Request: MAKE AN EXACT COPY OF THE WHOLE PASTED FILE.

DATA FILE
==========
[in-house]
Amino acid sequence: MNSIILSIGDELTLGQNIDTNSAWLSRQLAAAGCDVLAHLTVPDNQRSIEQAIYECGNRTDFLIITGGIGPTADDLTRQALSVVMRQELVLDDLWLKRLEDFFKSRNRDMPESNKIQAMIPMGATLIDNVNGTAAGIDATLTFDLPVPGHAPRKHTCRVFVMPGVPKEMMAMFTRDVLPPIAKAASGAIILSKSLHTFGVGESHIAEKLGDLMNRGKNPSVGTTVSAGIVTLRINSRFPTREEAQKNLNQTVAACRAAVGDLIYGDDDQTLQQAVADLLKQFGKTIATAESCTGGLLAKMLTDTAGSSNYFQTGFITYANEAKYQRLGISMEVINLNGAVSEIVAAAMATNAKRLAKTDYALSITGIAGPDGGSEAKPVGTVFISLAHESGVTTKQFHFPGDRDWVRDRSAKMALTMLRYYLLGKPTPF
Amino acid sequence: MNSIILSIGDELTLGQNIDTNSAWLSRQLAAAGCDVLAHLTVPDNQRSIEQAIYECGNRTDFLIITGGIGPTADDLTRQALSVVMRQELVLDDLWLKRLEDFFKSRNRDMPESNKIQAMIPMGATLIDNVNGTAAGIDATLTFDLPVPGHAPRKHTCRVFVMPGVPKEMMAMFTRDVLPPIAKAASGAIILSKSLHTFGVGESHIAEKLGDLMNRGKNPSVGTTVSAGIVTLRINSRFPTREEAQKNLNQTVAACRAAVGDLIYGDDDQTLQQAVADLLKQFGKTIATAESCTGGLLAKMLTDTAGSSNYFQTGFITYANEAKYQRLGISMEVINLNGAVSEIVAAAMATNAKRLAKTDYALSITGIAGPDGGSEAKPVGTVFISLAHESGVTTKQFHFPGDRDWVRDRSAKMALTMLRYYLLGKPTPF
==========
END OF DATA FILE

[in-house]
Amino acid sequence: MNSIILSIGDELTLGQNIDTNSAWLSRQLAAAGCDVLAHLTVPDNQRSIEQAIYECGNRTDFLIITGGIGPTADDLTRQALSVVMRQELVLDDLWLKRLEDFFKSRNRDMPESNKIQAMIPMGATLIDNVNGTAAGIDATLTFDLPVPGHAPRKHTCRVFVMPGVPKEMMAMFTRDVLPPIAKAASGAIILSKSLHTFGVGESHIAEKLGDLMNRGKNPSVGTTVSAGIVTLRINSRFPTREEAQKNLNQTVAACRAAVGDLIYGDDDQTLQQAVADLLKQFGKTIATAESCTGGLLAKMLTDTAGSSNYFQTGFITYANEAKYQRLGISMEVINLNGAVSEIVAAAMATNAKRLAKTDYALSITGIAGPDGGSEAKPVGTVFISLAHESGVTTKQFHFPGDRDWVRDRSAKMALTMLRYYLLGKPTPF
Amino acid sequence: MNSIILSIGDELTLGQNIDTNSAWLSRQLAAAGCDVLAHLTVPDNQRSIEQAIYECGNRTDFLIITGGIGPTADDLTRQALSVVMRQELVLDDLWLKRLEDFFKSRNRDMPESNKIQAMIPMGATLIDNVNGTAAGIDATLTFDLPVPGHAPRKHTCRVFVMPGVPKEMMAMFTRDVLPPIAKAASGAIILSKSLHTFGVGESHIAEKLGDLMNRGKNPSVGTTVSAGIVTLRINSRFPTREEAQKNLNQTVAACRAAVGDLIYGDDDQTLQQAVADLLKQFGKTIATAESCTGGLLAKMLTDTAGSSNYFQTGFITYANEAKYQRLGISMEVINLNGAVSEIVAAAMATNAKRLAKTDYALSITGIAGPDGGSEAKPVGTVFISLAHESGVTTKQFHFPGDRDWVRDRSAKMALTMLRYYLLGKPTPF